Disaster averted

I messed up big time today. Ok, so it all started off with my FTP server. I usually allow anonymous connections, and on occasion also allow uploading files into incoming. Once in a while I notice some bot trying to dump gigs of crap onto my machine, so I turn the upload off. Today was one of those days, and today I turned off the FTP server completely for good measure.

After that I thought I’d clean the mess a bit up, so I was just looking around to see what files had been created. Now there was this one file named “/” (thats right, the slash character). Amusingly, just before looking at this file I had deleted a directory, so my shell history had ‘rm -rf’ all over it. Now, being the over-confident idiot that I sometimes am, I went ahead and pressed ‘up’ and removed the earlier directory and replaced it with an escaped slash ‘\/’. But just before pressing enter, I pressed tab (BIG mistake) and my bash auto completion “unescaped” the slash again, and bang! There it was…. happily deleting away my root partition!! :-O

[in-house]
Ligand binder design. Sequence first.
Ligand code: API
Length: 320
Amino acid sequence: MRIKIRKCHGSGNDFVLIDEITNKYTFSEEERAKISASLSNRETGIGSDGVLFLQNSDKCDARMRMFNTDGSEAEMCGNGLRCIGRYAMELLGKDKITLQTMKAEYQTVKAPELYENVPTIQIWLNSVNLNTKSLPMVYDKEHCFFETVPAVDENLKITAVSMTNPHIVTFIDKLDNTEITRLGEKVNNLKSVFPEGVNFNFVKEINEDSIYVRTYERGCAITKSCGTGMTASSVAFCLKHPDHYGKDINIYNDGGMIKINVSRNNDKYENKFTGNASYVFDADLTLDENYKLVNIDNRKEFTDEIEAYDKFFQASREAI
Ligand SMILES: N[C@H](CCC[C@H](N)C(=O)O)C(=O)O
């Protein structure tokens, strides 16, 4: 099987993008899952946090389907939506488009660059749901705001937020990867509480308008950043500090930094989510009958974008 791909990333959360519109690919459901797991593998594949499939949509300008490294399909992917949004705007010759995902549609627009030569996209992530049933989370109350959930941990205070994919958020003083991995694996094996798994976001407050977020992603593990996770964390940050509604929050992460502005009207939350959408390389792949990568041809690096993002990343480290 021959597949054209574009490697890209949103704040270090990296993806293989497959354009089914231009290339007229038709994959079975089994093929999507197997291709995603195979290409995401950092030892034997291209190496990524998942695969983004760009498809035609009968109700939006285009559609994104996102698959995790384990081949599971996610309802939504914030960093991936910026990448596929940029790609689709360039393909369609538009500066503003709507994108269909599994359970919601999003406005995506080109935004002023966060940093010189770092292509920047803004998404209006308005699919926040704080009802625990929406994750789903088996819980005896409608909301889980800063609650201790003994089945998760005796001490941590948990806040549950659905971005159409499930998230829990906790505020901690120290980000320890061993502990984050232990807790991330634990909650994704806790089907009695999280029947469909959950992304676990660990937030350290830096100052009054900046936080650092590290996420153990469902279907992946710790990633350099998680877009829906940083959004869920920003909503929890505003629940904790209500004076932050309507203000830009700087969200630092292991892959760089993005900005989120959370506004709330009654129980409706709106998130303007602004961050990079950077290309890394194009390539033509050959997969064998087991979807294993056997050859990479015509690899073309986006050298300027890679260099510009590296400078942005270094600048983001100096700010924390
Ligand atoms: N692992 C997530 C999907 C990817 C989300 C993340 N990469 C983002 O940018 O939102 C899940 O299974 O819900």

By the time I pressed Ctrl-C it was too late. Most of the files in /bin, /usr/bin and /usr/sbin had disappearead. I couldn’t even ls or cp, let alone SSH or apt-get anything. One foolish thing let to another — I could have simply popped in Knoppix and restored the lost files. Since my home partition and all critical data are on a separate partition, I wasn’t worried. Though, I might have lost all of my blog data and my photo gallery… but I was ready to live with that. After all, this IS my lab machine, meant for research and not for hosting software for my amusement.

Anyways, in my rush, I popped in a CD of the debian installer instead, and was soon on my way to a fresh install. During the disk partitioning, I carefully left the home partition untouched and formatted the original root partition. It was only much later when grub was setting up that I realized that I had formatted the home partition instead!!! :-O I was so lost! Fortunately, most of my critical stuff was in a subversion repository, and I had freshly updated local copies on my laptop. The current project stuff was all on another remote machine. But I’d still lose a LOT of data, and configuration. On the flip side, I was able to properly restore my blog, gallery and groupware setup. All in all it wasn’t very pleasant.

And I learned a lot of lessons: a) BACK UP. b) keep sensitive data safe from the rest of the crap. c) DO NOT fool around with the lab machine. d) have a knoppix/ubuntu live CD always at hand. Hope this doesn’t happen again

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